For both personal and professional reasons, I've been blessed to travel a substantial amount both in the United States and abroad.
As this column posts, I'm just arriving here at one of my sisters' summer home on Cape Cod, having spent time last week with my wife's family in Vermont. And I'm about to head to Hartford, Conn., for the annual conference of the National Society of Newspaper Columnists, which once had me as its president.
This current travel comes after spending the last week in May north of Vancouver, British Columbia, with good friends -- three Presbyterians, four Episcopalians, two Jews (one a convert), a Methodist and a Catholic. We spent very little time talking religion. Mostly we lived into the religious values of love and deep friendship, which included one of our Episcopalian friends sharing with the rest of us the 29.5-pound salmon he caught one drizzly morning.
So far in my journeys, I've missed only three states: Alaska, Montana and Idaho. I've been able to travel to about 35 countries.
Seeing the world -- and especially having the opportunity to live in India for two years of my boyhood as my father helped with the Green Revolution -- has made me appreciate the wild diversity of the people on this planet as well as their common humanity.
But it also has increased my appreciation for the global impact Jesus has had over 20 centuries even though his whole life, save for the time his family fled Herod for Egypt, was spent walking a small corner of land on the eastern Mediterranean.
Arthur Blessitt (love the name), who has spent 44 years walking through more than 300 countries while carrying a 12-foot cross, has estimated that in Jesus' lifetime, he walked almost the distance around the world at the equator.
So maybe Jesus was the founder of the movement to get your pedometer to click off at least 10,000 steps a day.
But despite his geographical limitations, what Jesus said, did and advocated was not parochial in its scope. It was universal, which is one big reason geography could not restrain the word about the Word, even though Jesus' daily language was one hardly anyone speaks today: Aramaic.
The universal nature of Jesus is a good reminder to the church universal that it always must be aware of its global context and should work to make sure it doesn't become isolated. It's one reason I and so many others cheered the election of Pope Francis. It emphasized the global nature and reach of the church, which finally chose someone from South America.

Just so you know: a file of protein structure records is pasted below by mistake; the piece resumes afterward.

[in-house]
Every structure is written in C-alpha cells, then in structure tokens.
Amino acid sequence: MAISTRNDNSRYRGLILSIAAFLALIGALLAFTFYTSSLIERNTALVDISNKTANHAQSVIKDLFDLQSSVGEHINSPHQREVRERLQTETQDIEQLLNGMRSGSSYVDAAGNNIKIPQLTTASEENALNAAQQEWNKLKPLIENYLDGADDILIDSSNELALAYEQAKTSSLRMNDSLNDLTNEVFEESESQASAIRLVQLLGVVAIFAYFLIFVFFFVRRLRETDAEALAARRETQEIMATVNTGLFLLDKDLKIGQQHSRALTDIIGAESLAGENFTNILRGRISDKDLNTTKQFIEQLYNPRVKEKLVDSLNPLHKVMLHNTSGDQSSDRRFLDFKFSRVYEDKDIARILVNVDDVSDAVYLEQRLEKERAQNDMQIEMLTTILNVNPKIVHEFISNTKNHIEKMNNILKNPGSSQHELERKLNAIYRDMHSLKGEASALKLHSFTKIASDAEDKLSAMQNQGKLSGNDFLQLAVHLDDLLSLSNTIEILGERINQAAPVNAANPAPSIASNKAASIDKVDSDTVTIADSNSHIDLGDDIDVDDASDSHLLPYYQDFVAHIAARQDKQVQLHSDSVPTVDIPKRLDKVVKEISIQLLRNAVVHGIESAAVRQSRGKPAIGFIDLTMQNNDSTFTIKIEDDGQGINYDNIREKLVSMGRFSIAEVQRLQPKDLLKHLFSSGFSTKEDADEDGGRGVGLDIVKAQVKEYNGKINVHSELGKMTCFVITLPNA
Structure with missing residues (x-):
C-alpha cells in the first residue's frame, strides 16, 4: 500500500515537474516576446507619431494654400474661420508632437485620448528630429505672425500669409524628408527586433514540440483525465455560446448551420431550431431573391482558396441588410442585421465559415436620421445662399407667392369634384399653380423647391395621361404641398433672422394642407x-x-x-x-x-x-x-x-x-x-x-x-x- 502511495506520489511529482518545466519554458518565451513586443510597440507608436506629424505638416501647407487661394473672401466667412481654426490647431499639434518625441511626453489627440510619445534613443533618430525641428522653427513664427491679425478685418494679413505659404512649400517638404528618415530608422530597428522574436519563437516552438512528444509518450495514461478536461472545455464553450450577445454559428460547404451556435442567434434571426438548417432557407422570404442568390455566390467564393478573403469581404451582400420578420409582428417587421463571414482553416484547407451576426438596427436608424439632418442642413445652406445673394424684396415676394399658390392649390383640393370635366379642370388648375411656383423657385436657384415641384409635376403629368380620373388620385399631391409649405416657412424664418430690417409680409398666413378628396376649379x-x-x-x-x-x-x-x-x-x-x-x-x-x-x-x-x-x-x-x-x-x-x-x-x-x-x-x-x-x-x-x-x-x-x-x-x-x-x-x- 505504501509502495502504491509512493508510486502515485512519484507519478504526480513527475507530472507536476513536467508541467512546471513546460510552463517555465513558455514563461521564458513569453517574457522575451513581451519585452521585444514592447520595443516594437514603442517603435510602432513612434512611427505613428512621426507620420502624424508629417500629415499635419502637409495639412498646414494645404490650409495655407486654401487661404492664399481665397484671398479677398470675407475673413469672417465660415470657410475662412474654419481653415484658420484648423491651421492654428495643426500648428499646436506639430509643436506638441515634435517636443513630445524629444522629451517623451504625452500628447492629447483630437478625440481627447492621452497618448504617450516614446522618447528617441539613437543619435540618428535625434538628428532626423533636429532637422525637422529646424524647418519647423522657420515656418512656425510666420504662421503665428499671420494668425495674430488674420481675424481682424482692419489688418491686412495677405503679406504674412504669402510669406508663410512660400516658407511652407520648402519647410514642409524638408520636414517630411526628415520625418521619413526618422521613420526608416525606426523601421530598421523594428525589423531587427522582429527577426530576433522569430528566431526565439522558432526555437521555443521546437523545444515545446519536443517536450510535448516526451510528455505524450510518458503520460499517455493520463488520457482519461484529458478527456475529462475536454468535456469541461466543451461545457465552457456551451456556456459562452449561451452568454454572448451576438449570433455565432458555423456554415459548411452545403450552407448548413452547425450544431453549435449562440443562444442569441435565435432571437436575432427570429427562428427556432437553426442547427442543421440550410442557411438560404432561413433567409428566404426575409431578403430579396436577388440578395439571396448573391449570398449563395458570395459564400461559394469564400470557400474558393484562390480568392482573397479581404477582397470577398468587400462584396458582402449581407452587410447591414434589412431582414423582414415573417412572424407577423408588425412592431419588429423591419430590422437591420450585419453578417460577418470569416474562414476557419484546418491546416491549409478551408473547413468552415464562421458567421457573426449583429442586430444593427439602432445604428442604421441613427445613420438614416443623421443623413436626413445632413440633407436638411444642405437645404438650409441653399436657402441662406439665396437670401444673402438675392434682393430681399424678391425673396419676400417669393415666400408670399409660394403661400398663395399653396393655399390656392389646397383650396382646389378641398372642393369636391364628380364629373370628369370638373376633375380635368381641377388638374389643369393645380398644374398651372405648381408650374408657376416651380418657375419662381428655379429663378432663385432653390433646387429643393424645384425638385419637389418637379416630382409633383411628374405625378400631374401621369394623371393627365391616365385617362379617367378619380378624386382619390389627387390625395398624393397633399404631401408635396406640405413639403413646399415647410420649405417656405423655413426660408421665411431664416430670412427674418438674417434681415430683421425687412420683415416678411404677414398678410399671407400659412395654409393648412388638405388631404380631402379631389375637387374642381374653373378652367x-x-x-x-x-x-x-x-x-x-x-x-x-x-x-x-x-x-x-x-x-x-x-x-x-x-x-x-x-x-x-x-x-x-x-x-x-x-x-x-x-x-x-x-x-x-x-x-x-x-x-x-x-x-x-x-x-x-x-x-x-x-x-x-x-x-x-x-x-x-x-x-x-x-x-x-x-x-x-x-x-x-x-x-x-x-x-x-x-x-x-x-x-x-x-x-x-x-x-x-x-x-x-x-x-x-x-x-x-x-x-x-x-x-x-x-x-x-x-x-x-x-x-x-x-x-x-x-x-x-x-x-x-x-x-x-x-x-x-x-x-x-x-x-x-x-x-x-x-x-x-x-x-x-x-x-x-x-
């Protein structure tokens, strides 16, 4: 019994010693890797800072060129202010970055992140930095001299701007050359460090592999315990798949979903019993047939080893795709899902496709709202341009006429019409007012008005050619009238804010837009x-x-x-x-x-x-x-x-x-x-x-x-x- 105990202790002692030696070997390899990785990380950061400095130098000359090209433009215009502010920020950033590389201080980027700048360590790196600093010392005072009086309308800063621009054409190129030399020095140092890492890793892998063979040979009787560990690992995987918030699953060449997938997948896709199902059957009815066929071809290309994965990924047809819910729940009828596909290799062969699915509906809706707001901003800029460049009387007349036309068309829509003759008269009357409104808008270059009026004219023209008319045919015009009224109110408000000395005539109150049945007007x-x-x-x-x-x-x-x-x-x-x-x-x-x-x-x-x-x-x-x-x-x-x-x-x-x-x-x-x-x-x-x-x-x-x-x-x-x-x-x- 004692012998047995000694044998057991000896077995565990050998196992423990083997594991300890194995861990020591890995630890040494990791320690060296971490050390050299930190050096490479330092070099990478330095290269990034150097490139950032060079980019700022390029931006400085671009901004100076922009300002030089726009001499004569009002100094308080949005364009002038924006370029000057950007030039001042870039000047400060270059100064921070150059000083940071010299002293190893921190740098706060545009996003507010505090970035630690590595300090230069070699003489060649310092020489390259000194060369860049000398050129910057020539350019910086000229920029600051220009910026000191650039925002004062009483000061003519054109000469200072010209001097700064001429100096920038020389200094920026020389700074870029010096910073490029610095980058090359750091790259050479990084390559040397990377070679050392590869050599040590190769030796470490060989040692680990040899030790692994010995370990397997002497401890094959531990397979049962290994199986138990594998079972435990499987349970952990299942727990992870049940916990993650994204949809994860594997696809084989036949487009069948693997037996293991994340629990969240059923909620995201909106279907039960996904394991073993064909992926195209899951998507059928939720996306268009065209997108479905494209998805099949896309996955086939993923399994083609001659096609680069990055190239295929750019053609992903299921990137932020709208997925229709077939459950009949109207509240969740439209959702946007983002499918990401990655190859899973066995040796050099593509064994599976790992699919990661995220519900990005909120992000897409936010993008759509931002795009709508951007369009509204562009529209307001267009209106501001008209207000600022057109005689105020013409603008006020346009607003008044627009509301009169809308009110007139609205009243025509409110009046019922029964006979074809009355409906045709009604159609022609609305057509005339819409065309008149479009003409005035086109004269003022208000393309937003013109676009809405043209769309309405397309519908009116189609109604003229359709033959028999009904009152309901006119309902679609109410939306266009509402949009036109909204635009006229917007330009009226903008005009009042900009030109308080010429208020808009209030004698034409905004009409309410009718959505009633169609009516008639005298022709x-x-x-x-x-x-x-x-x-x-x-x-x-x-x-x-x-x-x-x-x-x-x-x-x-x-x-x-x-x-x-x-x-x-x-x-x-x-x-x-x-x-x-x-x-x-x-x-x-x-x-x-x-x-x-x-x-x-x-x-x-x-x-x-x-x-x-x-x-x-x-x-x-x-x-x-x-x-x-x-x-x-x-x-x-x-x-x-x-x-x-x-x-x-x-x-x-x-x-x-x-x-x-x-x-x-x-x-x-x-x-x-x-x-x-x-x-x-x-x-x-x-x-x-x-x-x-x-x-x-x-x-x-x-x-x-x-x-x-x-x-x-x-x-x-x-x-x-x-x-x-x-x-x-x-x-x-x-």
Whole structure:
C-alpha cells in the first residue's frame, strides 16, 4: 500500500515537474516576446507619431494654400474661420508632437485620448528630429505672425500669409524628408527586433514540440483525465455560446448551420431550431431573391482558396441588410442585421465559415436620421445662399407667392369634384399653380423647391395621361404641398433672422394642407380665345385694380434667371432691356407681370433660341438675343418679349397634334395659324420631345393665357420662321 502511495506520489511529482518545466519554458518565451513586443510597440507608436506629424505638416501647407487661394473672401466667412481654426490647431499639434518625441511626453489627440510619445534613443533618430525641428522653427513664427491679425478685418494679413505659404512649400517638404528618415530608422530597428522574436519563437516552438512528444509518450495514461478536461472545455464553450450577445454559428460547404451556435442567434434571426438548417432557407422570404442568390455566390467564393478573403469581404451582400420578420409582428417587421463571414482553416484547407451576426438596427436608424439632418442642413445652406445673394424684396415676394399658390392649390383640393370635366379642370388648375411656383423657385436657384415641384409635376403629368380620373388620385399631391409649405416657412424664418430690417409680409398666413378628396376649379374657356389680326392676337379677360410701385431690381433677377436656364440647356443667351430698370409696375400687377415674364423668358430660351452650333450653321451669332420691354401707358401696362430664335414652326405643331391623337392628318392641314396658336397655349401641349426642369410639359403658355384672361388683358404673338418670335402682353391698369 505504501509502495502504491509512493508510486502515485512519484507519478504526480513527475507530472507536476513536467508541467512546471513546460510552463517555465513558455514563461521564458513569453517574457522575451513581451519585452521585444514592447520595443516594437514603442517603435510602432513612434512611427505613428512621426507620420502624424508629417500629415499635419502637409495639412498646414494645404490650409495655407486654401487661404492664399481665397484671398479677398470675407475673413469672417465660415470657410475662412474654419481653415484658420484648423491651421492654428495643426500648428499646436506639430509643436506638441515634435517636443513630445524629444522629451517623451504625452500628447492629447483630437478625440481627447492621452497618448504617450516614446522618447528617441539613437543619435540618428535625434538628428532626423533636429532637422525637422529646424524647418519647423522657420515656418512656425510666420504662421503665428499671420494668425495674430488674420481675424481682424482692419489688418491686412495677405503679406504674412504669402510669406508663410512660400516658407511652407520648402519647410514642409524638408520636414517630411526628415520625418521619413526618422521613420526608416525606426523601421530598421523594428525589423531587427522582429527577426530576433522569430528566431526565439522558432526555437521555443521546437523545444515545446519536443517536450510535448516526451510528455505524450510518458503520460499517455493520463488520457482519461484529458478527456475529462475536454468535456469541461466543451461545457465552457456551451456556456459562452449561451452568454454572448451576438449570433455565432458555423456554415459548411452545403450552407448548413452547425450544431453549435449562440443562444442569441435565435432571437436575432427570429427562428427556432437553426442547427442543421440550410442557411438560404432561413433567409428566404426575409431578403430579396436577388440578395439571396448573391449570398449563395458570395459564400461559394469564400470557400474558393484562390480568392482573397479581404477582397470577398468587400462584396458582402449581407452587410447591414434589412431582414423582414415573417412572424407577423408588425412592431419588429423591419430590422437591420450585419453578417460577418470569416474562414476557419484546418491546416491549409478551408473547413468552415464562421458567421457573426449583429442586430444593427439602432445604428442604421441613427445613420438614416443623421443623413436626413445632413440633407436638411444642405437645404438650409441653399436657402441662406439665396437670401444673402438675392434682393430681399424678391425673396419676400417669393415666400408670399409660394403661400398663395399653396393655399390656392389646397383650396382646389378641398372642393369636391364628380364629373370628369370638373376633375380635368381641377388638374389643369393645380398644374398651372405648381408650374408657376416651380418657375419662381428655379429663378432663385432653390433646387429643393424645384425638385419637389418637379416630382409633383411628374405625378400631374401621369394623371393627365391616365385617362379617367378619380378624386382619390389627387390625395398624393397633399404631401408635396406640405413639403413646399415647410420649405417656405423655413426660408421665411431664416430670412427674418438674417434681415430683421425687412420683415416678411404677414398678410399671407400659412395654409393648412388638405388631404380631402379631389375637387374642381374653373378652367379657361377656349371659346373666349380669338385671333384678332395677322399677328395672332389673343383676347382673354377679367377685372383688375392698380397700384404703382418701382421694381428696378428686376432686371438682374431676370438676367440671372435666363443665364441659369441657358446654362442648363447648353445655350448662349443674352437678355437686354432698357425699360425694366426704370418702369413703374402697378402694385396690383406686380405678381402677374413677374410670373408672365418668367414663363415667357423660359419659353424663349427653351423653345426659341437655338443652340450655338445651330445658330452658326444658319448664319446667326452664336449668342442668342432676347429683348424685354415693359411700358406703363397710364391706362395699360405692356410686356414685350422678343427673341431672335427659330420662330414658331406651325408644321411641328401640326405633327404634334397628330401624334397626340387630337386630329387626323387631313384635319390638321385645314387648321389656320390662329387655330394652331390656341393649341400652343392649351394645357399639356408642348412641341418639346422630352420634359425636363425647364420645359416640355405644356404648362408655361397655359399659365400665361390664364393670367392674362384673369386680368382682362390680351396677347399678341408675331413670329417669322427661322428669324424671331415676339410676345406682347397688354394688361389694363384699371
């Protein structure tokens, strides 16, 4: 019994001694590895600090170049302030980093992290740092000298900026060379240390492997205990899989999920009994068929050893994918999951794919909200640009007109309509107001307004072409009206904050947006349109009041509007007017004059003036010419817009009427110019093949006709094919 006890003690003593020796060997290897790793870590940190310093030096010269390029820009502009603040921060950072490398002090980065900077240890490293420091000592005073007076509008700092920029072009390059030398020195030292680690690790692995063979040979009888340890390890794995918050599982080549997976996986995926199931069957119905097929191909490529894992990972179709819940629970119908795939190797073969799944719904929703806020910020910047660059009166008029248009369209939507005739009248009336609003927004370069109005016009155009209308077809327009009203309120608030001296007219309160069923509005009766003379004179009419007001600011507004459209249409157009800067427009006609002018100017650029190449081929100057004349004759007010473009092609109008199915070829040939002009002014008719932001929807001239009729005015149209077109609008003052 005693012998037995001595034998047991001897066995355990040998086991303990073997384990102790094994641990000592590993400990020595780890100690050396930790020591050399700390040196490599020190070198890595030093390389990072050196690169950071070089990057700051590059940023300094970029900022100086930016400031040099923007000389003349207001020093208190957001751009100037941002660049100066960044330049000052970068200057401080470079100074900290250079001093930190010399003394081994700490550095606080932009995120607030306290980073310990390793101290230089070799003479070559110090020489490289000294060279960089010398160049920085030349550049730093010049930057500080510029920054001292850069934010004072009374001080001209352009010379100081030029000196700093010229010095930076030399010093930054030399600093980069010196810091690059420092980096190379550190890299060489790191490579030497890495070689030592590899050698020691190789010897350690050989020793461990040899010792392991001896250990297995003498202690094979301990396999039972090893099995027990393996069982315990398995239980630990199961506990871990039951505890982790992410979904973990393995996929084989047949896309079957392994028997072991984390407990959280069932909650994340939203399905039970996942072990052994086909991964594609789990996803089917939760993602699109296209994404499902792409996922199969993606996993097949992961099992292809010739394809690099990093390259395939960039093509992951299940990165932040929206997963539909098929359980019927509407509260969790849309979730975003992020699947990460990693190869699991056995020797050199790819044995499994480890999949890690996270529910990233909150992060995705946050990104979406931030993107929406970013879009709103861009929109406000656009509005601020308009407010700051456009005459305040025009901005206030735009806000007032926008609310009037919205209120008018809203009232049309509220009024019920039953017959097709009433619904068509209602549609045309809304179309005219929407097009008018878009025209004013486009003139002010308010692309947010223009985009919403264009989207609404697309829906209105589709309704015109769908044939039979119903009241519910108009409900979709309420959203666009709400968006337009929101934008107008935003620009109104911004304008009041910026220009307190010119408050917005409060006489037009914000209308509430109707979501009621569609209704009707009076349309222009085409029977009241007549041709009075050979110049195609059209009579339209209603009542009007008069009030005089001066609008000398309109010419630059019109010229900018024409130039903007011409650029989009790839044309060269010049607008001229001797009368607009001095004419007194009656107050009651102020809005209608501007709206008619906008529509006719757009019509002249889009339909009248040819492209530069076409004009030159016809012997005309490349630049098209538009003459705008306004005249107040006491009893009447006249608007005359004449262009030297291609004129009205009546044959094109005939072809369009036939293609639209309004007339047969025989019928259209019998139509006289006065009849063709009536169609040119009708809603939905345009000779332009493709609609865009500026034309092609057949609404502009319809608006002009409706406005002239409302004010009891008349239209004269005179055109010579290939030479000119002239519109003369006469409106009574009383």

The answers to the questions of how and why the church universal becomes narrow in its scope will differ for Catholics and Protestants, given that Protestants don't have a centralized hierarchy based in its own sovereign land.
But the temptation is especially strong for American Protestants and American Catholics to limit their vision to their own parishes or, at most, to the United States. It's so much easier that way. Let the world go away. We've got enough to deal with right here.
But such an attitude violates the universal appeal of Jesus and eventually puts us out of touch with the broader sweep of change affecting the church universal.
As such scholars as Phillip Jenkins and Mark Noll have told us in recent years, Christianity is growing in the Southern Hemisphere and in Asia, not in North America or Europe. Indeed, Christians in the latter two areas have become minority voices in Christianity. And the Christianity that's growing in Africa and Asia tends to be more theologically conservative than what's left in the First World.
So if we want to be part of the conversation about Christianity's future, we are obliged to remember why Jesus is so appealing to people around the planet and not just to folks in our individual congregations.
[Bill Tammeus, a Presbyterian elder and former award-winning Faith columnist for The Kansas City Star, writes the daily "Faith Matters" blog for the Star's website and a monthly column for The Presbyterian Outlook. His latest book, co-authored with Rabbi Jacques Cukierkorn, is They Were Just People: Stories of Rescue in Poland During the Holocaust. Email him at firstname.lastname@example.org.]
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